Housing output has increased by 25% in 2018 but this is significantly behind the Government’s own ‘Rebuilding Ireland Plan’, which has a target of 25,000 units per year to 2021. A total of 18,000 units were completed nationally last year but 60% of these were in the Greater Dublin Area and eastern region. A total of 427 residential units were completed in Waterford. It is estimated that the economy needs in excess of 35,000 units per year.The reasons housing construction is not meeting demand are many: the Central Bank rules, available infrastructure, planning issues and in recent months we have seen the availability of water supply to be a considerable problem in some locations in the South East region alone.
The main reason for the lack of housing supply is the viability of building new homes. The costs of financing a development, land costs, material and labour costs, and new regulations have also added to the input costs of housing, with NZEB now being a factor that developers must take into account. The problem is of course, these additional costs are not recoverable as the central bank rule puts a cap on house prices, thus these additional input costs are not recoverable by the developer, making projects unviable. This problem is even more pronounced in the regions. The Government have tried to address these issues with several initiatives, such as the Land Development Agency, Home Build Finance Ireland, affordable housing schemes and the Help to Buy Scheme for first time buyers.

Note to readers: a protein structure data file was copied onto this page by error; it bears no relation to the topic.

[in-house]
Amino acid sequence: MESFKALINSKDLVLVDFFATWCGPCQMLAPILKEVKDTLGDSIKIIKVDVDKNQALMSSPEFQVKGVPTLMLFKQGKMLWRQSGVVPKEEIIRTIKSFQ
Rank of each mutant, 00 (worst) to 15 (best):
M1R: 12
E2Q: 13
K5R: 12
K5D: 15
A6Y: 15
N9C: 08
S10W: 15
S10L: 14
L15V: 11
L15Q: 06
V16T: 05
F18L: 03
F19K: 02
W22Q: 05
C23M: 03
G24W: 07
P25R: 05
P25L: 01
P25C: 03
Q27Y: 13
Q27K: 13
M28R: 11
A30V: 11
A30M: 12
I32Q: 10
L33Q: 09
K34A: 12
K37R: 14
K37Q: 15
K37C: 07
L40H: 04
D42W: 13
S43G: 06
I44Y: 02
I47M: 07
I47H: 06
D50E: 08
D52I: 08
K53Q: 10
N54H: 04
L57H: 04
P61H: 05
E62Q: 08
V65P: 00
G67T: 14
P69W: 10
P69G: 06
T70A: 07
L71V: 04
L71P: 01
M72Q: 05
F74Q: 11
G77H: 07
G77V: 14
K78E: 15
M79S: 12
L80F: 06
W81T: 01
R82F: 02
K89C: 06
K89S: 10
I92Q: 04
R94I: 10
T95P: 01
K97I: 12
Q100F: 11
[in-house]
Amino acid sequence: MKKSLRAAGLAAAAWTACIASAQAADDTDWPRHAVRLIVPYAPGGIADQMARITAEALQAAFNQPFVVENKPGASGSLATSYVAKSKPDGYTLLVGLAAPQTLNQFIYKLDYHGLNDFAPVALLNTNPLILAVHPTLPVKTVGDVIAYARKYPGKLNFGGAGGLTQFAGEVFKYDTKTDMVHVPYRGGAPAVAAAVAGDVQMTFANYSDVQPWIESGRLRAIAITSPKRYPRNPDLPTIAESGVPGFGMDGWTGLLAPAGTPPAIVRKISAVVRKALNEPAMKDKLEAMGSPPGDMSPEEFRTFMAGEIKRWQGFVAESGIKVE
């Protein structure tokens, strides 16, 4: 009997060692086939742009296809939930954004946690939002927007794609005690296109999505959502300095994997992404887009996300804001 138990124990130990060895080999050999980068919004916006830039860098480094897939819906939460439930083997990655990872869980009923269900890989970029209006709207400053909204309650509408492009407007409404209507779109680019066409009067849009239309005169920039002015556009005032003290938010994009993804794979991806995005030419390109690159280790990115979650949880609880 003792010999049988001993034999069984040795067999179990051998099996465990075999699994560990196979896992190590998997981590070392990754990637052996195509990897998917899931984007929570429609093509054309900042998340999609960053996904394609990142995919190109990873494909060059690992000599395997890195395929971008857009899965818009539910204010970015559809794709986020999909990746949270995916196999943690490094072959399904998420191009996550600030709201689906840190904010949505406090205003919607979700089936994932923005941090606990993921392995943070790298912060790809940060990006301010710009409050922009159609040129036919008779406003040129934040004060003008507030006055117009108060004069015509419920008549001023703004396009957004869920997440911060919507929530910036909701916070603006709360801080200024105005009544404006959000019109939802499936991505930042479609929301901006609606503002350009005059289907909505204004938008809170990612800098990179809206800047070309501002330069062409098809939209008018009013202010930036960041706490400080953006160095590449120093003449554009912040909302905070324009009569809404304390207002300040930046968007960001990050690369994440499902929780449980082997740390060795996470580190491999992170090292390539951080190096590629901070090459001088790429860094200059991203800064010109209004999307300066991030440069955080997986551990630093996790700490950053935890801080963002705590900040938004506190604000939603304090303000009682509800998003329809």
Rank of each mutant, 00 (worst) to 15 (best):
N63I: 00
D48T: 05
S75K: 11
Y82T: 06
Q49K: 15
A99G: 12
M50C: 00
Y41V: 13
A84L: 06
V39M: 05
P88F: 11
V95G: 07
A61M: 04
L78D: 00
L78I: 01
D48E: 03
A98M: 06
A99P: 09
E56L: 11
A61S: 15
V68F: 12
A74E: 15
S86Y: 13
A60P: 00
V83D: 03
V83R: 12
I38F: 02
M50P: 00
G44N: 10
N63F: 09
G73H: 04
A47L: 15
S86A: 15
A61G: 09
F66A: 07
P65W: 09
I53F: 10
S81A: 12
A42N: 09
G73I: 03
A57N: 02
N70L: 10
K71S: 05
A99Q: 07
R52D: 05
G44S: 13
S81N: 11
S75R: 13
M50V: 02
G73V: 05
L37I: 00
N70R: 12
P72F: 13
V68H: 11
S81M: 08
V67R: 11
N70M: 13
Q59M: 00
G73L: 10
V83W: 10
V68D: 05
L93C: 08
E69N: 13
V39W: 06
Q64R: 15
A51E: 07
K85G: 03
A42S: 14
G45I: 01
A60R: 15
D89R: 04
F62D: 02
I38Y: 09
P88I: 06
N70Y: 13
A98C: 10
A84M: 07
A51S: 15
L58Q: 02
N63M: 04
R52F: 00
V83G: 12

All these initiatives are welcome and should help to increase supply over time, but the Government have failed to do anything about the increased input costs which they have significant control over. Almost 40 per cent of the purchase price of a new homes goes to the State in various form of taxes and levies. If the central banks rules don’t change which controls house prices and the input costs continue to increase, private residential projects will continue to be unviable, thus a continues lack of supply. Therefore, that leaves one other option which the Government have control over, reduce the input costs.If we cannot provide the much need housing it will not alone continue to have a serious impact on the homelessness crisis, but it will also have an impact on economic growth, with Brexit just around the corner, we as an economy should be doing all we can to ensure we don’t lose investment from FDIs due to a lack of housing.
Ronan O’Brien sits on the Executive of the CIF’s Southern Region